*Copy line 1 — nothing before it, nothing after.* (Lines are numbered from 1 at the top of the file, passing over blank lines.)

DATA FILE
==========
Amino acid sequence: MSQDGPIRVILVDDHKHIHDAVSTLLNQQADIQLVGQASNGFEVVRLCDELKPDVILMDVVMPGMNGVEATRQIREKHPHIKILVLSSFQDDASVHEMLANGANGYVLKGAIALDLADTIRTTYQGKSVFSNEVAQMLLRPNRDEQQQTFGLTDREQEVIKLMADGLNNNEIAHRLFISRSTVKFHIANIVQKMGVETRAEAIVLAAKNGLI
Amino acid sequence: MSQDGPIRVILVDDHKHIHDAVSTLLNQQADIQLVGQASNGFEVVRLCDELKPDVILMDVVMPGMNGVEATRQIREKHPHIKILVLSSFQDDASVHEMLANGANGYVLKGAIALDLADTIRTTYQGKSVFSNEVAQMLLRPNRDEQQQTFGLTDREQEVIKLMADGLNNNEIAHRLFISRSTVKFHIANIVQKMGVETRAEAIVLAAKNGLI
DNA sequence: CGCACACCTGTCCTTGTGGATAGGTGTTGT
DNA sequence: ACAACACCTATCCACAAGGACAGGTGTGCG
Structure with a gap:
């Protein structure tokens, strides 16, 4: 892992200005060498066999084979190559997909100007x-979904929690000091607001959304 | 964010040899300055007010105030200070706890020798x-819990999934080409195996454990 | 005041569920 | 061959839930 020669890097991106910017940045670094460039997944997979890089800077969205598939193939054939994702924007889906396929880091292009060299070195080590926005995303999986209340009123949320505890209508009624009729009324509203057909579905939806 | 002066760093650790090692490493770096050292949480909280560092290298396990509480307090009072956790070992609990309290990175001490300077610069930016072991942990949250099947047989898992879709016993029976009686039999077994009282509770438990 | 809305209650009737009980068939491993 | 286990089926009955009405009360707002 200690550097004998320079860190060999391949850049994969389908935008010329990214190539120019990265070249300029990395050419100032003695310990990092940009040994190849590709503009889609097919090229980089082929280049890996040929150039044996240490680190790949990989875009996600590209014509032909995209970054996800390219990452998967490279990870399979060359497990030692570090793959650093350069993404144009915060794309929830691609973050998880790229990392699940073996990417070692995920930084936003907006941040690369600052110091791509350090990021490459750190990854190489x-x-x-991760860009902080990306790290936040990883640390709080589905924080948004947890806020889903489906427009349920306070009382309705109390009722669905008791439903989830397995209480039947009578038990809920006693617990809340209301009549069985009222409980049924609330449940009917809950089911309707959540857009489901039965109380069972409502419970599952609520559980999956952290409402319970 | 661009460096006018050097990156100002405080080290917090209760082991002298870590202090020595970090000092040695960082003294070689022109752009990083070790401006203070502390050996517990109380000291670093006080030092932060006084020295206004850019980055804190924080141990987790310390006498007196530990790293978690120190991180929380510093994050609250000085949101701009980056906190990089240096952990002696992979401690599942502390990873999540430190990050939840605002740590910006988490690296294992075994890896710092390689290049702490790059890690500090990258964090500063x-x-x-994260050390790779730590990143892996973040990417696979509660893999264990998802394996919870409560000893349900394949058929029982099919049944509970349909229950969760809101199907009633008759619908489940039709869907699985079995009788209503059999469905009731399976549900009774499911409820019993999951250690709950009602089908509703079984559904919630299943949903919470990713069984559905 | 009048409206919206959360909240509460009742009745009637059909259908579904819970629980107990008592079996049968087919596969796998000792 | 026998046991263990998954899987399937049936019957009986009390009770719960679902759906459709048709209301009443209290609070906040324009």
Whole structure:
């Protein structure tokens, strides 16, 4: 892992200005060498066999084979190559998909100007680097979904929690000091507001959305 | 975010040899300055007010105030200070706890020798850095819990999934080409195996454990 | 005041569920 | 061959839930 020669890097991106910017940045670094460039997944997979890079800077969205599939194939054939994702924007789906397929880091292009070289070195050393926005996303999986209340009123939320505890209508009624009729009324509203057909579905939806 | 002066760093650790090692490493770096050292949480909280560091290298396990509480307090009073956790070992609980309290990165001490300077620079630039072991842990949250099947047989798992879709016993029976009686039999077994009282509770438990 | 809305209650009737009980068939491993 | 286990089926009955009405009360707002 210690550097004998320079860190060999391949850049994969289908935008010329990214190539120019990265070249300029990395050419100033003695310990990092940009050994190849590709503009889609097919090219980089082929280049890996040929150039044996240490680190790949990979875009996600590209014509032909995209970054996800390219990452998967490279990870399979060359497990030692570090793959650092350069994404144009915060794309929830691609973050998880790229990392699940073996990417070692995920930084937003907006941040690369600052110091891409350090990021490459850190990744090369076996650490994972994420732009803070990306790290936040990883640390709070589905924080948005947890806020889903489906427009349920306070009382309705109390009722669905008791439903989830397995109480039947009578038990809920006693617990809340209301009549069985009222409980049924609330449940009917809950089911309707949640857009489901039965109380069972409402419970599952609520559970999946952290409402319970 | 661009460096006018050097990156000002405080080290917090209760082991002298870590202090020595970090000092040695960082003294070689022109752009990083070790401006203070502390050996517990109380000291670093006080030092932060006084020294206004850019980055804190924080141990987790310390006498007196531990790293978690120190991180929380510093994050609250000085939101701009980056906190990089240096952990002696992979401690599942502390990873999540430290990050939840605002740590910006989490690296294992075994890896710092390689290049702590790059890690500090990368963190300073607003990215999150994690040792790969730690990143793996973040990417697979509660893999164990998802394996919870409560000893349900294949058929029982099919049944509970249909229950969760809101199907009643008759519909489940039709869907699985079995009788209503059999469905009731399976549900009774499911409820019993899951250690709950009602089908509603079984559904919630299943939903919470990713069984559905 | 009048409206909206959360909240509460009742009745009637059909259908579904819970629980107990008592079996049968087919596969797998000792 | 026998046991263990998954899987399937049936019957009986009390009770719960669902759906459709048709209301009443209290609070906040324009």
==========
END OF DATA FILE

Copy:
Amino acid sequence: MSQDGPIRVILVDDHKHIHDAVSTLLNQQADIQLVGQASNGFEVVRLCDELKPDVILMDVVMPGMNGVEATRQIREKHPHIKILVLSSFQDDASVHEMLANGANGYVLKGAIALDLADTIRTTYQGKSVFSNEVAQMLLRPNRDEQQQTFGLTDREQEVIKLMADGLNNNEIAHRLFISRSTVKFHIANIVQKMGVETRAEAIVLAAKNGLI